Things might get real cold.
A super La Nina is developing.
Historically, these strong La Nina events drop the Earth’s average temperature around one degree Fahrenheit, and the drop comes quickly. As a result, some of the same places that had record heat this summer may suffer through record cold this winter.
La Nina is the lesser-known colder sister of El Nino. La Nina chills the waters of the tropical Pacific Ocean, and in turn cools the entire planet for one to two years or more. This chilling has the potential to bring bone-numbing cold to many parts of the world for this and the following winter. As a result, world energy demand may spike in the next one to two years as much colder weather hits many of the major industrial nations.
This La Nina appears to be special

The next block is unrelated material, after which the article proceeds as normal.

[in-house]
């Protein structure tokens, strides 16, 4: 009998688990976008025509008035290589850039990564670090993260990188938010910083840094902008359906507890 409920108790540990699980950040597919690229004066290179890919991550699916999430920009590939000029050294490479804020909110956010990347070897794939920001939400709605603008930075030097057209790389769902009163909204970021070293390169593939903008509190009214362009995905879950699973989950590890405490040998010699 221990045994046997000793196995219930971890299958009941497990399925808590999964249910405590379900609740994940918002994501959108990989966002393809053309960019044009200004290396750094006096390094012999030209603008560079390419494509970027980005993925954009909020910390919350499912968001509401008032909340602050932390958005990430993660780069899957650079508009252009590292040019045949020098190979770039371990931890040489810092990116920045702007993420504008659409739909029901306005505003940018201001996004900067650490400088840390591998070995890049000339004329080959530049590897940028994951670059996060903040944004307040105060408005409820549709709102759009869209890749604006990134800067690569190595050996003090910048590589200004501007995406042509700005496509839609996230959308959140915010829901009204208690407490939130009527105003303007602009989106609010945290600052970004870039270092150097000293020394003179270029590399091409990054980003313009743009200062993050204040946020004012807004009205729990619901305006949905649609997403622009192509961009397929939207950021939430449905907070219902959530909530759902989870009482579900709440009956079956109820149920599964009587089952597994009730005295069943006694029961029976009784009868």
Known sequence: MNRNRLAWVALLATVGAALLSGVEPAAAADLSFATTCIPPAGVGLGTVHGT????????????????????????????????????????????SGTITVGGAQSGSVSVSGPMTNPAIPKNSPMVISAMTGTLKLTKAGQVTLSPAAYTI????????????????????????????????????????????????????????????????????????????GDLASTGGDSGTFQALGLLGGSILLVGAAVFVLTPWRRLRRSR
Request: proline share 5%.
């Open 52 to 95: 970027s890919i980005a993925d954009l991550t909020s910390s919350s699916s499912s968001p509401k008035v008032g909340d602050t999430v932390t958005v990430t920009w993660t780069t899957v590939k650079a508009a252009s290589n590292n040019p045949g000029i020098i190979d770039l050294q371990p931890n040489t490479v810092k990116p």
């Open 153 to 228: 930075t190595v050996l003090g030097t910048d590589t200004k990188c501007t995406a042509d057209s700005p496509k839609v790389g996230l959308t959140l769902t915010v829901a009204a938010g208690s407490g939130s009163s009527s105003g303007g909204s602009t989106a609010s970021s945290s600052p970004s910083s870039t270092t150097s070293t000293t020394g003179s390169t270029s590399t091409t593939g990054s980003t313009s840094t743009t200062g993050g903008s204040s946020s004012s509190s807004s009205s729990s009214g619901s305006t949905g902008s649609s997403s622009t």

, at least so far. It is well on its way to being the strongest of these events since the super La Nina of 1955-1956. During that powerful La Nina that lasted two years, the global average temperature fell nearly one degree Fahrenheit from 1953 to 1956.
The Southern Oscillation Index (SOI) measures the air pressure difference between Darwin, Australia, and Tahiti. The lower the value of the index, the stronger the El Nino typically is. The higher the SOI index, the stronger the La Nina. The September SOI value
of +25.0 was the highest of any September going back to 1917, when it was +29.7. During that super La Nina, the global temperature fell 1.2 degrees Fahrenheit from 1915 to 1917. The +25.0 September SOI reading is also the highest for any month dating back to the +31.6 value in November of 1973.
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